The Teenage Mutant Ninja Lizards and the Manhatin Lizbians stood in one horizontal formation, looking out over the sea from the Old Throne, the highest bluff on Isla Nublar. Facing them, front and center, was their coach, Serious Jest, in the foreground of a picturesque dusk, the likes of which could be witnessed nowhere else in the world. A light drizzle covered the mountainside at the moment. The weather on Isla Nublar could be so fickle.
Directly behind Coach Jest was parked a hulk of a motorcycle, a Harley Davidsaur: gunmetal black; a chassis broader than a kroxigor’s shoulders, with a Flaming Angel-Skink painted running across its left side and the face of a Ninja Skink painted on its right; custom Maimroller tires (not as big as a Deathroller’s, but about 3/4 as wide as the bike’s chassis); 5-foot spikes made of dwarven steel jutting out from the spokes; and its engine purring, providing a throaty bass chord for the featured orator of the evening. Everyone on Isla Nublar knew whose beautiful beast this was; not just because of the Lizbians’ and TMNL’s logos, but because Frau Farhissina and that bike had been virtually inseparable. It was the first thing she bought when she signed her contract with the Lizbians, and it was her only luxury possession. She used to say that she didn’t need much in life to be happy, but that Banshee, as she named it, gave her freedom like she had never felt before. Frau rode Banshee whenever she wasn’t playing Blood Bowl; taking it out on her own for long, soul-searching rides, or hoisting one of her revolving door of lizardwomen onto the seat behind her for an exciting date. She rode it to and from Jurassic Park every day for practices or for games. She once asked Coach Jest if she could ride it in games, but he didn’t want to risk her getting thrown out by the refs, who already hated dwarven Deathrollers.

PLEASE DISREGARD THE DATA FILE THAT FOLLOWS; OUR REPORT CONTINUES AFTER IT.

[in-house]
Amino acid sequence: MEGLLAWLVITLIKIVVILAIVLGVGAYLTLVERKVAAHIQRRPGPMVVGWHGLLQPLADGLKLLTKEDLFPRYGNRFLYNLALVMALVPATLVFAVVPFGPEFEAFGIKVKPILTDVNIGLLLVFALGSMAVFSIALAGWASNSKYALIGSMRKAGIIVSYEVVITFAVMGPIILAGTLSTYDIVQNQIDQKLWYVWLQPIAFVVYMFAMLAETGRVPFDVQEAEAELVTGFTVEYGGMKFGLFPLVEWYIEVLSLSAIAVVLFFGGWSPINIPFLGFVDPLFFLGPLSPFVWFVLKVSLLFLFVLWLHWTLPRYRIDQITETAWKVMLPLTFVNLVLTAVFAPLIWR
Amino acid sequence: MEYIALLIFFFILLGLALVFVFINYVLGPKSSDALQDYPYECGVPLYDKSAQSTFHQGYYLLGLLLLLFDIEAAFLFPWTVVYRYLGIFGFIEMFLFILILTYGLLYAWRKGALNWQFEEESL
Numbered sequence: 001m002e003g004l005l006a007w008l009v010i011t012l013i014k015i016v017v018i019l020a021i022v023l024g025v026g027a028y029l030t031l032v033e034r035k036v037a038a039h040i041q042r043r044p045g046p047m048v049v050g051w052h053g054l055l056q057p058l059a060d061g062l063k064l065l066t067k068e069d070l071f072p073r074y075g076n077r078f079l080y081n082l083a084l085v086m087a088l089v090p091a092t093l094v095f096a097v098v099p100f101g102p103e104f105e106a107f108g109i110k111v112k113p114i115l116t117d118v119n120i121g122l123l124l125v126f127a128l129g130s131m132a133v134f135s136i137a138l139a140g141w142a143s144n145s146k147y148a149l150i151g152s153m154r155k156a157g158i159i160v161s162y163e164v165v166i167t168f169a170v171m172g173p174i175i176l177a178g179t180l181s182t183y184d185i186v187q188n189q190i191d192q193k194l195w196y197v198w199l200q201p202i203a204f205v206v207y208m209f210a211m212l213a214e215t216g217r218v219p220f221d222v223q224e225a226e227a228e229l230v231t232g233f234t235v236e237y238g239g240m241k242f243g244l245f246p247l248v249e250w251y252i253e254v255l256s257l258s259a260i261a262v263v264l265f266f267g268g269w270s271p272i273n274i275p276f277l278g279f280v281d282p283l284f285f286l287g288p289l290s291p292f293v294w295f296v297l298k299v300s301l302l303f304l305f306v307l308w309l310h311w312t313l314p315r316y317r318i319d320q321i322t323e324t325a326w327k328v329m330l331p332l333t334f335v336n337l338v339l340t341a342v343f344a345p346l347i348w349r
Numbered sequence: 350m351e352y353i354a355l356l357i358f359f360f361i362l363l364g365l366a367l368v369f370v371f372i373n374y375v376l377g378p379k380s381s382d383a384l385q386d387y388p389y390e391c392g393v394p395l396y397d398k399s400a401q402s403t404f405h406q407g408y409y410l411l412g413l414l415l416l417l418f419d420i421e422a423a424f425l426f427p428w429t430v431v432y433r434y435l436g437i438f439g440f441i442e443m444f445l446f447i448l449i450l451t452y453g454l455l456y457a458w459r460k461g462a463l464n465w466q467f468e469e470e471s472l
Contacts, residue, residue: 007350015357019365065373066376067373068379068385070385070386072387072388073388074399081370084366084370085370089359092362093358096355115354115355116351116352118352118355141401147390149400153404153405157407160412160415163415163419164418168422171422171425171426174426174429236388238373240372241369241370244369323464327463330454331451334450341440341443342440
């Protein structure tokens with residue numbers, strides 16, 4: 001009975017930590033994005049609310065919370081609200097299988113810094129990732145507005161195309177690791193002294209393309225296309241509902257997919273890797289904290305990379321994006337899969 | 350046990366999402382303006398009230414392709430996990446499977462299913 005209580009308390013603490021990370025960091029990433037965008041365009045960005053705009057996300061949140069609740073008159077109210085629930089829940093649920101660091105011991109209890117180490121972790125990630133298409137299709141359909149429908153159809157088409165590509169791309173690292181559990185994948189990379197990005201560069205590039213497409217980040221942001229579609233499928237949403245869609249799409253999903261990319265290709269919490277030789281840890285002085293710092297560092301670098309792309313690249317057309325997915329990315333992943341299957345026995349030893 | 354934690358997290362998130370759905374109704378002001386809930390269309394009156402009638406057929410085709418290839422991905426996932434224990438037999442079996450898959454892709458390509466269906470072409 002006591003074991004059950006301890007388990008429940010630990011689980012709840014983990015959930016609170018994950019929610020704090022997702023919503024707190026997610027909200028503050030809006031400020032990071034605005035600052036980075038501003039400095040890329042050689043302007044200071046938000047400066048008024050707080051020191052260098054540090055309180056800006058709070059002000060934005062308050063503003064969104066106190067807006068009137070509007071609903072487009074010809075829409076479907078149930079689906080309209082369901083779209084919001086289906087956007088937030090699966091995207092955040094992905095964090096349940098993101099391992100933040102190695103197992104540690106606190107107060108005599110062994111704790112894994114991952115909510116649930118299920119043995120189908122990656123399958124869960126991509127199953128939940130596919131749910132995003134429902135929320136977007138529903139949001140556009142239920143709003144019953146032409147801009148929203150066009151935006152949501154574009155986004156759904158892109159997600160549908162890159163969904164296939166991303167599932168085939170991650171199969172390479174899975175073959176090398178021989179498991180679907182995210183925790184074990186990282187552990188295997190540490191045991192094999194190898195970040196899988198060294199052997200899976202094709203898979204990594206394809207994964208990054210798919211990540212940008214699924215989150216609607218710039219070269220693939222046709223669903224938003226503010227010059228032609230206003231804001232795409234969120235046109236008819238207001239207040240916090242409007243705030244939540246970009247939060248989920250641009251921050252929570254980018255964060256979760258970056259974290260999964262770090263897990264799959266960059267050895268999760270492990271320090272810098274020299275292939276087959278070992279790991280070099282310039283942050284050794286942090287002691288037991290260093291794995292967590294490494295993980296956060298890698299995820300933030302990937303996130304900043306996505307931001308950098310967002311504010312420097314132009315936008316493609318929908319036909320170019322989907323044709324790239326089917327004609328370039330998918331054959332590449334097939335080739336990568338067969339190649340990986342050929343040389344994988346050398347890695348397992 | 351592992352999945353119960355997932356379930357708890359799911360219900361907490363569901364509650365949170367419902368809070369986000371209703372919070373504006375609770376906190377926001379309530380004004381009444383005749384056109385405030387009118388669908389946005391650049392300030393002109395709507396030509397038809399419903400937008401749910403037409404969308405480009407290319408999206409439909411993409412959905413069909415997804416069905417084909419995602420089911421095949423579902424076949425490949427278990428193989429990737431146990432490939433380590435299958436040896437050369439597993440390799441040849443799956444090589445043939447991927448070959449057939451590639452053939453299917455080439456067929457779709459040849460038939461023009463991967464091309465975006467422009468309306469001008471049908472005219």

It was only fitting that Frau had requested in her will to take her most prized possession with her into the afterlife. So here she was, donning a sleeveless leather vest and a glossy black helmet, and propped onto Banshee’s seat, held in place by chains that adorned both of them like warrior jewelry, overlooking their final destination.
“I couldn’t save her,” said Coach Jest, as he looked all of his players in their eyes and then shifted his stoic gaze to the other members in attendance. Frau didn’t have any biological family members left. She never knew her father, and her mother had been killed in a bar fight when she was young, but she had been raised and mentored by a kroxigor known as Kroxor Evil, who now stood with his arms crossed, amidst the harem full of young lizardwomen whose lives Frau had touched.
“We were literally getting ripped apart by orcs again,” Coach Jest continued, his voice growing louder, into a growl, “and she was our 5th casualty, not to mention the 3 knockouts that we had sustained. It wasn’t even halftime! She was killed taking on 6 orcs in a desperate attempt to stop a Turn 8 touchdown. She had more balls than anybody on the team…but I couldn’t risk using our medical supplies on an undeveloped rookie…not with another full half to go and some of our so-called ‘key players’ still on the field.”